*T-Test Comparison To Control
Table 2: Cell death rates.
*By T-Test Comparison
Table 3: Cell growth rates.
Table 4: Relative toxicity via multivariate analysis (Contribution to Variance).
The protection of brain tissue is an area of intense interest and increasing research. The reduction of cell death has potential benefit in a variety of neurological conditions. Neurodegenerative models of schizophrenia have existed for a number of years. Premature neuron loss is considered a likely factor in the etiology and course of this disorder. The neurodegenerative models describe schizophrenia and Parkinson’s disease with progressively unfavorable neurodegenerative trajectory. The primary evidence supporting this model came from observations of progressive changes in gray matter as well as measurements of morphological, neuronal samples. At this time treatment focus on reducing the symptoms of degenerative diseases, but little is available to protect cells from damage early in the course of the illness. Neurodegenerative diseases are progressive neurological disorders characterized by death of specific nerve cells. Representative examples include Alzheimer’s disease which compromises cognitive and memory functions of patients, and Parkinson’s disease, which is a progressive movement disorder exhibiting symptoms such as tremors, memory issues or psychosis. As noted, schizophrenia is another neurodegenerative disease with only symptomatic treatment. It would be premature to assume that SSRIs could slow all forms of neurodegeneration, but the data shown in this study suggests that they could play a role.
Psychiatric neuroscience is challenged by a variety of neurodegenerative diseases ranging from dementia to schizophrenia. A feature common to many of these conditions is premature cell death. If a method of slowing cell loss could be found, it would greatly advance our ability to combat degenerate disease.
- Taler M, Miron O, Gil-Ad , Weizman A (2003) Neuroprotective effects of sertraline in vitro and in vivo studies. Neuroscience Letters 550: 93-97.
- Liechti FD, Grandgirard D, Leib SL (2015) The antidepressant fluoxetine protects the hippocampus from brain damage in experimental pneumococcal meningitis. Neuroscience 297: 89-94.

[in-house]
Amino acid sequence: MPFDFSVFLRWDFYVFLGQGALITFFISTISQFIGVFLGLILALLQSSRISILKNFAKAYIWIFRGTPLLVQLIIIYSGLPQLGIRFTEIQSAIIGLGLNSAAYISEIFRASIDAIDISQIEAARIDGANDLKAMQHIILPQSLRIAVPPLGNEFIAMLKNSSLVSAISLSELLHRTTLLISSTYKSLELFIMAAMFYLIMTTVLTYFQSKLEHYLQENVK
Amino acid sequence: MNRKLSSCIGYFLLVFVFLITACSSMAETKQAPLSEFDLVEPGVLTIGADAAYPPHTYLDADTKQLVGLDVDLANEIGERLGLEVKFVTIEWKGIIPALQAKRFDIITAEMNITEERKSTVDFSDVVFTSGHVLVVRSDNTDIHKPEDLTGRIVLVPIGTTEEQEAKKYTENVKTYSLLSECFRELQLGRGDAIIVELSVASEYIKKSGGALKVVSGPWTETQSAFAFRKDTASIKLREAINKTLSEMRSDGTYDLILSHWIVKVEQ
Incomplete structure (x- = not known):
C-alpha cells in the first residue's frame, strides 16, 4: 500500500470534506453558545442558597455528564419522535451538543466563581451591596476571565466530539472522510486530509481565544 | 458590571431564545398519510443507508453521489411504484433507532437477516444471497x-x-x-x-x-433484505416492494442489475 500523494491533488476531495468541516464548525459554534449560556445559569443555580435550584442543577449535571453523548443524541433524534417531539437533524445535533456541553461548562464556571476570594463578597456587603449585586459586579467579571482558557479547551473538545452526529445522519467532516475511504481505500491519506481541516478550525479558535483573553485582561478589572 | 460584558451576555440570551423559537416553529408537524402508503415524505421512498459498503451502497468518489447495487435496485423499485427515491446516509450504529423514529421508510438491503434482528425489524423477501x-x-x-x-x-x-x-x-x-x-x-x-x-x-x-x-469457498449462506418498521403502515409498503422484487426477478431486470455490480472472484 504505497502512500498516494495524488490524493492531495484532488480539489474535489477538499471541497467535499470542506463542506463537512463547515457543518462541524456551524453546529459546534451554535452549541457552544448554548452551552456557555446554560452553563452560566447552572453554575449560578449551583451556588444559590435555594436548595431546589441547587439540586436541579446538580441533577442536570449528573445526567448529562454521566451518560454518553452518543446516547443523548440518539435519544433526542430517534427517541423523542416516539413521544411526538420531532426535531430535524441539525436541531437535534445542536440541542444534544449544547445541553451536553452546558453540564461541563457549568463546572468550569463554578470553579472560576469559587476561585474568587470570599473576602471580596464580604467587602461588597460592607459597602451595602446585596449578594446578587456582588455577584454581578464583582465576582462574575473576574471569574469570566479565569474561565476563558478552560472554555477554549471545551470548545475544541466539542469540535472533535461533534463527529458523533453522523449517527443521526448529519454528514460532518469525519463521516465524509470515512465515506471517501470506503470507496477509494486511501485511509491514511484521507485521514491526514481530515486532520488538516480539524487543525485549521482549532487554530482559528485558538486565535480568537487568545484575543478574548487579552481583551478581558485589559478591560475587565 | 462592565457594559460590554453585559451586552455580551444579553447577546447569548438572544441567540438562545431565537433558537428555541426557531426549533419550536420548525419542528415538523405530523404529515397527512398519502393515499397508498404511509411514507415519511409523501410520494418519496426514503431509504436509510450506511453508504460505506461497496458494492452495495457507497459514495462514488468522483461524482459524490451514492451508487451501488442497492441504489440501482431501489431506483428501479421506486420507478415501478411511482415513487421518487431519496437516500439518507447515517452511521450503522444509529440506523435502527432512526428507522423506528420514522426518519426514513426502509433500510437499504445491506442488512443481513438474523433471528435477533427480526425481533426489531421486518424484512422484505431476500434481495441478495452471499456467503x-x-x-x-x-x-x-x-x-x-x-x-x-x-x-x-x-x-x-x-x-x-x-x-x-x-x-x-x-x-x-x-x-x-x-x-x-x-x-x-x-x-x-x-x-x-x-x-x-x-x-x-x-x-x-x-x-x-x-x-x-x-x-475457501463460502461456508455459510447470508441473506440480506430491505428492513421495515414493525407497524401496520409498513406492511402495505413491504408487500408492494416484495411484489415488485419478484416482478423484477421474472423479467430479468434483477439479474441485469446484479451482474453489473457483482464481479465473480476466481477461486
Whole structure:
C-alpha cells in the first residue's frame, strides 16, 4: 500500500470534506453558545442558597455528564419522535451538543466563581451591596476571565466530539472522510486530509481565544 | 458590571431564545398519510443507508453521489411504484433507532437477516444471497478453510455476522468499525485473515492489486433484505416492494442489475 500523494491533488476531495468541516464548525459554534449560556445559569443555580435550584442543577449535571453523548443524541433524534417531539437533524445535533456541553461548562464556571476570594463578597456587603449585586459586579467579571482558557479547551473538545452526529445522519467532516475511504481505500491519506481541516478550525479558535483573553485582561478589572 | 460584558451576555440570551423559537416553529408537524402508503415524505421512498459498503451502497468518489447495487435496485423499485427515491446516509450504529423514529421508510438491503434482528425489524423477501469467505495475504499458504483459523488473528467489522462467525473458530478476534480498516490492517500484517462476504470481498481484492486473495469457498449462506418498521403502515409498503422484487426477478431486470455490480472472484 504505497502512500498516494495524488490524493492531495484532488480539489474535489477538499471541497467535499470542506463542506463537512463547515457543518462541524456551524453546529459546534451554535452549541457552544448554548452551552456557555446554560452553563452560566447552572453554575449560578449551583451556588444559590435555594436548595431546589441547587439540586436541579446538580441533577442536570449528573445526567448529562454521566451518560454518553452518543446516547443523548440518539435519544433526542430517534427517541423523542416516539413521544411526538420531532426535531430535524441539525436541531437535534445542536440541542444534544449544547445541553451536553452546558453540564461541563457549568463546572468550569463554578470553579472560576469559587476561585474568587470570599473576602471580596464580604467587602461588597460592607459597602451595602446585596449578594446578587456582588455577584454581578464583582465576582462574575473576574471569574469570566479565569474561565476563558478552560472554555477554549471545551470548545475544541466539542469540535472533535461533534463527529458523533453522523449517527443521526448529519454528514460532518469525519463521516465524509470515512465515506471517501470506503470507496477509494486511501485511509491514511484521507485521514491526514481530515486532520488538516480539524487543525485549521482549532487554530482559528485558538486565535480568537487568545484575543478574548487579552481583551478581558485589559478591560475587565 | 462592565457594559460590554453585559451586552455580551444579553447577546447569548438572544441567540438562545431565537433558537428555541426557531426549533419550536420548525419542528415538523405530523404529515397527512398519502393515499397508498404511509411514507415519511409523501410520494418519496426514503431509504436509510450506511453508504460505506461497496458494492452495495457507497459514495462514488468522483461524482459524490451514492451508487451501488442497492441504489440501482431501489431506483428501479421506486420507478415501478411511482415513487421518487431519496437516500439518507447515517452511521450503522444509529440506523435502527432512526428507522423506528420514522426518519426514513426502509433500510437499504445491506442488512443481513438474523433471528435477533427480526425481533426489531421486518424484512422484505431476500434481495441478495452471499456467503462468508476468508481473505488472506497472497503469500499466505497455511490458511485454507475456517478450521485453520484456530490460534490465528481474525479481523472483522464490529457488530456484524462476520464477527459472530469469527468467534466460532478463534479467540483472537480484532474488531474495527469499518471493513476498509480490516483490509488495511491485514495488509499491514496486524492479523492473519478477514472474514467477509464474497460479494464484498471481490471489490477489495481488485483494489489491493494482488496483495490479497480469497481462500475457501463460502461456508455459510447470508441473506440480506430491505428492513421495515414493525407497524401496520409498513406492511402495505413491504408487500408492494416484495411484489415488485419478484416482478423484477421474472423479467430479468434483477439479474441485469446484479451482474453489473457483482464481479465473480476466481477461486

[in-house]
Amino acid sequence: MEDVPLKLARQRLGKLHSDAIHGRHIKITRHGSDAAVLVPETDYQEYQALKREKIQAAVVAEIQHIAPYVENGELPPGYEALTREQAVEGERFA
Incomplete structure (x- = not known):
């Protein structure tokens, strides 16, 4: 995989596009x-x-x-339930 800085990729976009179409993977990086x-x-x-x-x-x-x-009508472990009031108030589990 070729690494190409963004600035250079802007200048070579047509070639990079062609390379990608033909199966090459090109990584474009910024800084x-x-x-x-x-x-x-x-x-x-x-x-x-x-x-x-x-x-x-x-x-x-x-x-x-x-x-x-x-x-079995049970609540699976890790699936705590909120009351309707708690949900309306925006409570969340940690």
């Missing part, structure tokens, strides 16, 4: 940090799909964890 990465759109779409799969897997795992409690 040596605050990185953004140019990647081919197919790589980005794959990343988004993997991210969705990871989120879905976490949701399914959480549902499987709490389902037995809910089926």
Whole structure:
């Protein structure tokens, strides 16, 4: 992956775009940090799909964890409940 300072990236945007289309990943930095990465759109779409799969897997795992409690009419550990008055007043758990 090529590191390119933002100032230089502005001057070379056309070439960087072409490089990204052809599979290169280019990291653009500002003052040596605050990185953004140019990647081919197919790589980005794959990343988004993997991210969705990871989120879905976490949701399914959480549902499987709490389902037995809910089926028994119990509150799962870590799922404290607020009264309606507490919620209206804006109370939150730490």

- Calabrese JR, Delucchi GA (1989) Phenomenology of Rapid Cycling Manic Depression and Its Treatment With Valproate. J Clin Psychiatry 50: 30-34.
- McElroy SL, Keck PE Jr, Pope HG Jr (1989) Valproate In Psychiatric Disorders: Literature Review and Clinical Guidelines. J Clin Psychiatry 50: 23-29.
- Pope HG, McElroy SL, Keck PE, Hudson JI (1991) Valproate In The Treatment of Acute Mania: A Placebo-Controlled Study. Arch Gen Psychiatry 48: 62-68.
- Schatzberg FA, Nemeroff BC (1998) Textbook of Psychopharmacology. Psychiatry 895: 1.
- Padmanabhan R, Ahmed I (1996) Sodium Valproate Augments Spontaneous Neural Tube Defects and Axial Skeletal Malformations in TO Mouse Fetuses. Reprod Toxicol 10: 345-363.
- Dulbecco R, Freeman G (1959) Plaque Production By Polyoma Virus. Virology 8: 39-68.
- Phillips HJ, Krause PF, Patterson MI (1973) Dye Exclusion Tests of Cell Viability. Tissue Culture Methods and Applications. Academic Press, New York 1: 406-408.
- Bradford M (1976) A Rapid and Sensitive Method For The Quantitation of Microgram Quantities of Protein-Dye Binding. Anal Biochem 72: 248-254.
- Munyon W, Salo R, Briones D (1987) Cytotoxic Effects of Neuroleptic Drugs. Psychopharmacology 91: 182-188.
Citation: Wilcox JA (2018) Neuroprotective Effects of Selective Serotonin Reuptake Inhibitors. J Mol Immunol 3: 118.
Copyright: © 2018 Wilcox JA. This is an open-access article distributed under the terms of the Creative Commons Attribution License, which permits unrestricted use, distribution, and reproduction in any medium, provided the original author and source are credited.
Select your language of interest to view the total content in your interested language
Share This Article
Open Access Journals
- Total views: 1597
- [From(publication date): 0-2018 - Oct 19, 2021]
- Breakdown by view type
- HTML page views: 1362
- PDF downloads: 235